The scent of a rose always evokes memories of my mother who loved and grew them. She entered heaven when I was a teenager, yet when I smell a rose, she is instantly present. The sense of smell does powerful things to us and for us. The fragrance of a summer rain can send us back to childhood. The aroma of baking cookies can help sell a house. A whiff of a certain perfume can ignite bittersweet memories of a romance.
God knows these things. After all, He created our sense of smell. That’s probably why David, the shepherd king of Israel, prayed, “May my prayer be set before you like incense” (Psalm 141:2 NIV), referring to the expensive and exclusive stuff that was used in the Temple. Such incense was compounded from a detailed commandment issued by God Himself (Exodus 30:34) and used only in worship. (Some of the precious ingredients even had to be imported—from Arabia, for example.)
That was the background for John the Beloved’s vision of God’s throne room, where:
Another angel, who had a golden censer, came and stood at the altar. He was given much incense to offer, with the prayers of all God’s people, on the golden altar in front of the throne. The smoke of the incense, together with the prayers of God’s people, went up before God from the angel’s hand (Revelation 8:3-4 NIV).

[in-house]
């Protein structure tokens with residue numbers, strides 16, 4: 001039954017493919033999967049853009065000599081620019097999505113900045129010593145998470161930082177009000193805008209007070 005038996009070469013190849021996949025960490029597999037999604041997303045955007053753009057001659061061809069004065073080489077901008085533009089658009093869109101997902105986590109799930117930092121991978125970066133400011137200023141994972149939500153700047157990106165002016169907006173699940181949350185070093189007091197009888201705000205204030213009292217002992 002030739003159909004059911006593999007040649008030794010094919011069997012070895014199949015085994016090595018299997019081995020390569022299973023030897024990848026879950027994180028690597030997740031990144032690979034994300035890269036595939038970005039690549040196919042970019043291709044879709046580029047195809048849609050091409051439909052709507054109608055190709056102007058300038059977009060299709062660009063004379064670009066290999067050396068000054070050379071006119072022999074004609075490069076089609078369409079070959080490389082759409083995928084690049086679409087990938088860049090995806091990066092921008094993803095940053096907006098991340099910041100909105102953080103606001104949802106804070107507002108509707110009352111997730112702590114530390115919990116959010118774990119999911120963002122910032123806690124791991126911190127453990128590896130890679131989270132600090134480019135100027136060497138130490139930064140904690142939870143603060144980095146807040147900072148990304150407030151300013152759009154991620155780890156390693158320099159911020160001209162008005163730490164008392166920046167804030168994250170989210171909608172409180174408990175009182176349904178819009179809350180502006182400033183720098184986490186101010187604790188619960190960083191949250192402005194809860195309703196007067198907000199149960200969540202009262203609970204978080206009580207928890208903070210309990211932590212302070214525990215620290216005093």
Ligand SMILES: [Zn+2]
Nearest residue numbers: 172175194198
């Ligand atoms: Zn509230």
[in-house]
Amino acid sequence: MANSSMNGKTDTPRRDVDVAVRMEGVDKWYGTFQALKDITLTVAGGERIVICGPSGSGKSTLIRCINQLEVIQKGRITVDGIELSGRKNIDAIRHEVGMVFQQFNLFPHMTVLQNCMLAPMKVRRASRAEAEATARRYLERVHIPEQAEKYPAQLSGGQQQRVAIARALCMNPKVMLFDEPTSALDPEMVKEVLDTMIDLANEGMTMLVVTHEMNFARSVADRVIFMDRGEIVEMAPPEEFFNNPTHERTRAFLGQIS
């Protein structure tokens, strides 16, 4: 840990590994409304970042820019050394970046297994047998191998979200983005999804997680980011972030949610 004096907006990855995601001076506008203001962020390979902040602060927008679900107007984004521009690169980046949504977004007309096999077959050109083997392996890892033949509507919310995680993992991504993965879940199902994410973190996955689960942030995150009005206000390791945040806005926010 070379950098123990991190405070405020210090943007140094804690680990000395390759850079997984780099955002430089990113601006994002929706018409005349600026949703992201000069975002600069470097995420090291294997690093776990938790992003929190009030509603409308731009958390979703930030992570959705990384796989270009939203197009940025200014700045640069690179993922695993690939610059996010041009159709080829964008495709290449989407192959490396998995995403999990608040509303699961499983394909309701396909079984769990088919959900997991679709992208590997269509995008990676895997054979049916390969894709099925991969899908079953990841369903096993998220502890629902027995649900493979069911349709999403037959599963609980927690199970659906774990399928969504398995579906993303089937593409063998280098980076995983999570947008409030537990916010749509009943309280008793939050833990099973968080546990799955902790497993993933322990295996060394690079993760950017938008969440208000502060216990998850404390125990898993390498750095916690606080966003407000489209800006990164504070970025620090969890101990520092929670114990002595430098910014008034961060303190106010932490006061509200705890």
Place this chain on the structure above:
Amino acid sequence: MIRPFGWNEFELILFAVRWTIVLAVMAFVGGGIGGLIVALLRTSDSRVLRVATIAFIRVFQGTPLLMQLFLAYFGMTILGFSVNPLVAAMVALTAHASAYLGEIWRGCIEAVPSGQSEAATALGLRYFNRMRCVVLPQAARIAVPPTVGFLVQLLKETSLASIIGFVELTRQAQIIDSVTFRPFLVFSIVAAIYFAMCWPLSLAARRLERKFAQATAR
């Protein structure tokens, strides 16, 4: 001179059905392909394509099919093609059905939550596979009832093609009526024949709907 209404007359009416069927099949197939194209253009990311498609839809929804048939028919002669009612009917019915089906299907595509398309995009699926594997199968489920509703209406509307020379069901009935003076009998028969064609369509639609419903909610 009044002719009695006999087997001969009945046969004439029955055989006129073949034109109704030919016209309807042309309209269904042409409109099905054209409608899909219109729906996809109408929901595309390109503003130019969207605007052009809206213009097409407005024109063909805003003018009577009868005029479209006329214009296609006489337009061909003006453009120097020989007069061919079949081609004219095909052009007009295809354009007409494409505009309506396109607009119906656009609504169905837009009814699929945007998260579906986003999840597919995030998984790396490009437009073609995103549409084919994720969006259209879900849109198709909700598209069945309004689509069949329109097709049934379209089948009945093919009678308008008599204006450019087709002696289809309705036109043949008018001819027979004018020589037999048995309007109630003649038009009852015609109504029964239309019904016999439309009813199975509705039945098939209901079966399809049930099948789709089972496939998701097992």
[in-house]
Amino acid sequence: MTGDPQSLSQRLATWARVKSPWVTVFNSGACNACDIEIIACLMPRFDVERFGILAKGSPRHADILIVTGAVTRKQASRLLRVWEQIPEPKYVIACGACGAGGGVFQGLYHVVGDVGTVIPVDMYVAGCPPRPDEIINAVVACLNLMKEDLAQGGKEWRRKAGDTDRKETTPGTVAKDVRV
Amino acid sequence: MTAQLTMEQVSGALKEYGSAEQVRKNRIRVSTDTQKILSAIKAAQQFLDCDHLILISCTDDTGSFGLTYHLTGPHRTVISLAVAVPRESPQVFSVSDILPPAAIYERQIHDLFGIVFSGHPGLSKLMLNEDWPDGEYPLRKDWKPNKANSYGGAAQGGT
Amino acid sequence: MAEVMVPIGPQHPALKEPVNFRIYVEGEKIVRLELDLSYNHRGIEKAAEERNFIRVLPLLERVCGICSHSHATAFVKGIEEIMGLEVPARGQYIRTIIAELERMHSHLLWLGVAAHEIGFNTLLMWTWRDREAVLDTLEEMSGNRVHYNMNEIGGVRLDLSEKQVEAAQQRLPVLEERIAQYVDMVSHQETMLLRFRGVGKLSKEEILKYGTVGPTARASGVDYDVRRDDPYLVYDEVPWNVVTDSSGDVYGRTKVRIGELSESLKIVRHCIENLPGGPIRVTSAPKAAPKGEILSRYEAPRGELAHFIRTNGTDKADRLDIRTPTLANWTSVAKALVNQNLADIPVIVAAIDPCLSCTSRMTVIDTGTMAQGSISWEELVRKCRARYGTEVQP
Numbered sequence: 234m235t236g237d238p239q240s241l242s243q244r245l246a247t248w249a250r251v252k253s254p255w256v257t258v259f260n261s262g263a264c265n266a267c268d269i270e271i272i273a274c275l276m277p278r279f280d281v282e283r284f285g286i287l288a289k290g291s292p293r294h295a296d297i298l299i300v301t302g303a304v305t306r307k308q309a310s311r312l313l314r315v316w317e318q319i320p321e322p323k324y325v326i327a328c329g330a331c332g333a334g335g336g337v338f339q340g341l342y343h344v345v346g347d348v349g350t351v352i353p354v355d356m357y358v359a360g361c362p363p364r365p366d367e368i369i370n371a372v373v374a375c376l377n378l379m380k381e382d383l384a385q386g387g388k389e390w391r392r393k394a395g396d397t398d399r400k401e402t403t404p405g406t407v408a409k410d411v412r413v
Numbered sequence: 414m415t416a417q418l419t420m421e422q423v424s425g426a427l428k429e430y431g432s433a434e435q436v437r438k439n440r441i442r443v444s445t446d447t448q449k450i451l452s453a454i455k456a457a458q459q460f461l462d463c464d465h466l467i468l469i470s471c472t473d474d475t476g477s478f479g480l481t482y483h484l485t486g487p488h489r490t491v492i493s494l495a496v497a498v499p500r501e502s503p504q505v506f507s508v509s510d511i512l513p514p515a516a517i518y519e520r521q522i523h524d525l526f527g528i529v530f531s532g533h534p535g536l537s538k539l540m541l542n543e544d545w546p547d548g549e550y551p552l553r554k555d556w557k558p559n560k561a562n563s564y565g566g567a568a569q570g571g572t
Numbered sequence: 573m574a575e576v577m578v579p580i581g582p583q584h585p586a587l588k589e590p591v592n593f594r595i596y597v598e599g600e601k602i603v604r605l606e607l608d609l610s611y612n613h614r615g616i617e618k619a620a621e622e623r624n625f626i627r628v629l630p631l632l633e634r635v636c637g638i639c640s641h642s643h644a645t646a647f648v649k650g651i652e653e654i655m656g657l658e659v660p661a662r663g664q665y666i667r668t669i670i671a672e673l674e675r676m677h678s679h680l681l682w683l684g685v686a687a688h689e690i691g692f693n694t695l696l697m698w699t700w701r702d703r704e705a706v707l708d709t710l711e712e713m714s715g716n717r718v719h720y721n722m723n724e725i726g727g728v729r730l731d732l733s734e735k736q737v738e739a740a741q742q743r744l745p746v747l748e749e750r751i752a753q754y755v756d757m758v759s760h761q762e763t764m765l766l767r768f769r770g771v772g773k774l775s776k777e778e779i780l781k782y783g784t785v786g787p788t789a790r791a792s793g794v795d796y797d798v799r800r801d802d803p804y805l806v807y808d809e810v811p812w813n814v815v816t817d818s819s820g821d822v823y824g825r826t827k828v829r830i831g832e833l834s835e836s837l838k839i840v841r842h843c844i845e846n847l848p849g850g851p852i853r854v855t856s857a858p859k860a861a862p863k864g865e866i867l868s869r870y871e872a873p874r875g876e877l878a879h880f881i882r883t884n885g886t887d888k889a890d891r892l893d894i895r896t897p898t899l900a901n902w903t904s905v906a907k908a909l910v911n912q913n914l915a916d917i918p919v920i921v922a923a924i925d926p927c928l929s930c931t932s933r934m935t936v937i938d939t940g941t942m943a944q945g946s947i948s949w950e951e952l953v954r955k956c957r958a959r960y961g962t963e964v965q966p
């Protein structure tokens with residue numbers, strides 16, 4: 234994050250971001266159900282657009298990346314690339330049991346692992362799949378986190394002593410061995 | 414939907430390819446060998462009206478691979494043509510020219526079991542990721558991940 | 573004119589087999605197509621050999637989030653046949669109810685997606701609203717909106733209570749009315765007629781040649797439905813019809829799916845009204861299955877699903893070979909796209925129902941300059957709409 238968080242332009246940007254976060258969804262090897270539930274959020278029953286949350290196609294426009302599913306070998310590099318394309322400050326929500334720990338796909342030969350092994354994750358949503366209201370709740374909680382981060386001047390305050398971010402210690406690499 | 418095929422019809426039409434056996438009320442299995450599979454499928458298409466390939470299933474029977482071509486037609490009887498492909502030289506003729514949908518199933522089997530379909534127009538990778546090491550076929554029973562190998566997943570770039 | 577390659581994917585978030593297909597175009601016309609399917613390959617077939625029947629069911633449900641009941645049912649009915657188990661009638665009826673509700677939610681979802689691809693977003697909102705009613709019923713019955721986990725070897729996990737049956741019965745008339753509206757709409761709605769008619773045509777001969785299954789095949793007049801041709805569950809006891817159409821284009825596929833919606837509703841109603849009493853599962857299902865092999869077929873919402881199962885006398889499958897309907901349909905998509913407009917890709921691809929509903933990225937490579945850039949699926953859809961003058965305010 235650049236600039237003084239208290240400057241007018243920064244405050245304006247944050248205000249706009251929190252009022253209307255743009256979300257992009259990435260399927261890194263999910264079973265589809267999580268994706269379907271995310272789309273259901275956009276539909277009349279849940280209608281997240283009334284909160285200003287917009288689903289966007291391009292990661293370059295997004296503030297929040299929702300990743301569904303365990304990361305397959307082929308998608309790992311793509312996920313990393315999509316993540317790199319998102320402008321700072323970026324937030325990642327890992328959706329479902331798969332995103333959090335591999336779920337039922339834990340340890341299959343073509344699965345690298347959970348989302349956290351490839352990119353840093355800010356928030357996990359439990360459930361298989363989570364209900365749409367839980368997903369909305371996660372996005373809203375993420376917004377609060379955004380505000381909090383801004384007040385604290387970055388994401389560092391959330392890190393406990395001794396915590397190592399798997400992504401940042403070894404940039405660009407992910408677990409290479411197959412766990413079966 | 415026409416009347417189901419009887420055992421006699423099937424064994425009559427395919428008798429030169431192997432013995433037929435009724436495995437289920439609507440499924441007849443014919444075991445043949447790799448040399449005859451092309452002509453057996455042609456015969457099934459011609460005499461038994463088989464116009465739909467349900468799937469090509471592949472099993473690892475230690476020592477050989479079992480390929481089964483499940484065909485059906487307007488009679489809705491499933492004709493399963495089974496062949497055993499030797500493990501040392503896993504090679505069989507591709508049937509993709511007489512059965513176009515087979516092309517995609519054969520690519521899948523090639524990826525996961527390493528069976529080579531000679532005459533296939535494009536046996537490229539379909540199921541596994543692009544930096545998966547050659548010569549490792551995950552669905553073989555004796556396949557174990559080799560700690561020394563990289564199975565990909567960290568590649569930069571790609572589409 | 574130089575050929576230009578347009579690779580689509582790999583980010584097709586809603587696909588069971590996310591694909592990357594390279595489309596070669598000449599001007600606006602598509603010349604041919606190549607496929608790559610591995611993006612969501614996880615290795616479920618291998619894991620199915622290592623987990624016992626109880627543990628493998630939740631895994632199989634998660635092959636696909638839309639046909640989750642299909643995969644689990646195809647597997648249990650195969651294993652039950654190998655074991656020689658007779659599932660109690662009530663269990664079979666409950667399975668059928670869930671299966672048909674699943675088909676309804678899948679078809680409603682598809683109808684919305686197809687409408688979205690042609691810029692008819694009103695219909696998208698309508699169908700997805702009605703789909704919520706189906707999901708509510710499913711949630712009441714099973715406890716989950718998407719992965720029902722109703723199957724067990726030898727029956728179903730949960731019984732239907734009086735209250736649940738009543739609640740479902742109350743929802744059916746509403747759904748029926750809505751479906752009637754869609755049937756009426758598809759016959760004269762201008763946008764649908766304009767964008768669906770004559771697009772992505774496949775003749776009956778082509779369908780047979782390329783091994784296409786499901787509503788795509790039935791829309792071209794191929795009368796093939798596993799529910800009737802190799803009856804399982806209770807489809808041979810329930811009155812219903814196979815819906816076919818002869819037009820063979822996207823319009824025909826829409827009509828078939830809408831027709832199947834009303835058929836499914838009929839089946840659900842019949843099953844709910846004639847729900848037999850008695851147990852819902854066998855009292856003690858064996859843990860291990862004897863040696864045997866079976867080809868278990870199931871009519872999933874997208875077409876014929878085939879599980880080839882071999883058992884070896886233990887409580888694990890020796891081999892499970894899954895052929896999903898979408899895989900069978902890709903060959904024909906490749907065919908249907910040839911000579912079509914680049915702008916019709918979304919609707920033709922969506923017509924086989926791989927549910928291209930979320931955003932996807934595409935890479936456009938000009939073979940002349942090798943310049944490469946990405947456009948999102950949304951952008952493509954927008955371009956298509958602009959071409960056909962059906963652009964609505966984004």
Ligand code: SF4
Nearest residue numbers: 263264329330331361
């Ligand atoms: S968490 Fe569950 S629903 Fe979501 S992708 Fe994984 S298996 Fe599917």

Apparently, God (and David and John) knew that the olfactory sense aided prayer and worship. So, how can we use it in our prayer lives today? Here are some suggestions:
1) Light a scented candle or stick of incense to mark the beginning of your prayer time.
2) Recite David’s prayer from Psalm 141:2 to help you mentally tap into the power of smell.
3) Dab scented oils on your prayer aids such as a Bible cover or beads before you pray.
4) Pray outdoors in your garden or yard to inhale the fragrance of flowers or freshly cut grass.
5) Pair special times of prayer (for a particular person, perhaps, or on a birthday or anniversary) with the smells of incense, burning candles or wood oils that can evoke a church chapel.
6) Build a campfire for an extended evening of prayer. The smell of wood smoke and the crackling flames can usher you into a meditative state.
7) Notice the delectable fragrance of baking bread or cookies (or a neighbor’s cookout) to help you pray for those who will enjoy those treats.
8) Use a certain fragrance that reminds you of a person or situation that you want to pray for.
The aroma of prayer can be a powerful influence and, wisely used, remind us to pray or even enrich our prayers. I hope that the pairing of your sense of smell with times of prayer will enlarge and enhance your experience of God’s beauty and blessings.